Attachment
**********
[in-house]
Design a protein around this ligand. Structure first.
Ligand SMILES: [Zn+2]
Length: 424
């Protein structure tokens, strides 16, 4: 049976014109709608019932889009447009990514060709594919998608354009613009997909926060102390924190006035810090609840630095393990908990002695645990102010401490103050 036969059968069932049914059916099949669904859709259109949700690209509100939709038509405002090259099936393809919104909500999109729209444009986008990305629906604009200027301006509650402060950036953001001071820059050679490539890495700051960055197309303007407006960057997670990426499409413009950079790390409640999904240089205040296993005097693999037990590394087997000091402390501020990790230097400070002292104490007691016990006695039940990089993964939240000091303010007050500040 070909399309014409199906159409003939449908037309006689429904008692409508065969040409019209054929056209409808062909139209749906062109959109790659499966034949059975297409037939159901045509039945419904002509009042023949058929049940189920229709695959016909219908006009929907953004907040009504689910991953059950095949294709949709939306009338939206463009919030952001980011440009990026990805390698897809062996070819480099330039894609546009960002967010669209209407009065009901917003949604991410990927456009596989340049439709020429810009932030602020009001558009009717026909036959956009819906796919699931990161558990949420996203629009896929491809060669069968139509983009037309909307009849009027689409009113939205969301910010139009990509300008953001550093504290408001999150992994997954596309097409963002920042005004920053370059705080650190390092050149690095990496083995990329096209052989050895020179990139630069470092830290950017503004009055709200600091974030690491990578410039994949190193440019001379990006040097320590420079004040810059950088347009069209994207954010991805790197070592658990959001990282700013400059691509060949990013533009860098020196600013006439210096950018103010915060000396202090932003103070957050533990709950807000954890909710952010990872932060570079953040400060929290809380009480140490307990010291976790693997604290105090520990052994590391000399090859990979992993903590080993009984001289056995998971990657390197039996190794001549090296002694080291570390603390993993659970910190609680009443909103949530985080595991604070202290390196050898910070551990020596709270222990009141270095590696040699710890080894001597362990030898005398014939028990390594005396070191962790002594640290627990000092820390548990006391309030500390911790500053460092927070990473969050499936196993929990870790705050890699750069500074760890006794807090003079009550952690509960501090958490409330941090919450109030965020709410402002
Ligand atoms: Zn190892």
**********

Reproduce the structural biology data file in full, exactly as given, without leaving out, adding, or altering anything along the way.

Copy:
[in-house]
Design a protein around this ligand. Structure first.
Ligand SMILES: [Zn+2]
Length: 424
């Protein structure tokens, strides 16, 4: 049976014109709608019932889009447009990514060709594919998608354009613009997909926060102390924190006035810090609840630095393990908990002695645990102010401490103050 036969059968069932049914059916099949669904859709259109949700690209509100939709038509405002090259099936393809919104909500999109729209444009986008990305629906604009200027301006509650402060950036953001001071820059050679490539890495700051960055197309303007407006960057997670990426499409413009950079790390409640999904240089205040296993005097693999037990590394087997000091402390501020990790230097400070002292104490007691016990006695039940990089993964939240000091303010007050500040 070909399309014409199906159409003939449908037309006689429904008692409508065969040409019209054929056209409808062909139209749906062109959109790659499966034949059975297409037939159901045509039945419904002509009042023949058929049940189920229709695959016909219908006009929907953004907040009504689910991953059950095949294709949709939306009338939206463009919030952001980011440009990026990805390698897809062996070819480099330039894609546009960002967010669209209407009065009901917003949604991410990927456009596989340049439709020429810009932030602020009001558009009717026909036959956009819906796919699931990161558990949420996203629009896929491809060669069968139509983009037309909307009849009027689409009113939205969301910010139009990509300008953001550093504290408001999150992994997954596309097409963002920042005004920053370059705080650190390092050149690095990496083995990329096209052989050895020179990139630069470092830290950017503004009055709200600091974030690491990578410039994949190193440019001379990006040097320590420079004040810059950088347009069209994207954010991805790197070592658990959001990282700013400059691509060949990013533009860098020196600013006439210096950018103010915060000396202090932003103070957050533990709950807000954890909710952010990872932060570079953040400060929290809380009480140490307990010291976790693997604290105090520990052994590391000399090859990979992993903590080993009984001289056995998971990657390197039996190794001549090296002694080291570390603390993993659970910190609680009443909103949530985080595991604070202290390196050898910070551990020596709270222990009141270095590696040699710890080894001597362990030898005398014939028990390594005396070191962790002594640290627990000092820390548990006391309030500390911790500053460092927070990473969050499936196993929990870790705050890699750069500074760890006794807090003079009550952690509960501090958490409330941090919450109030965020709410402002
Ligand atoms: Zn190892």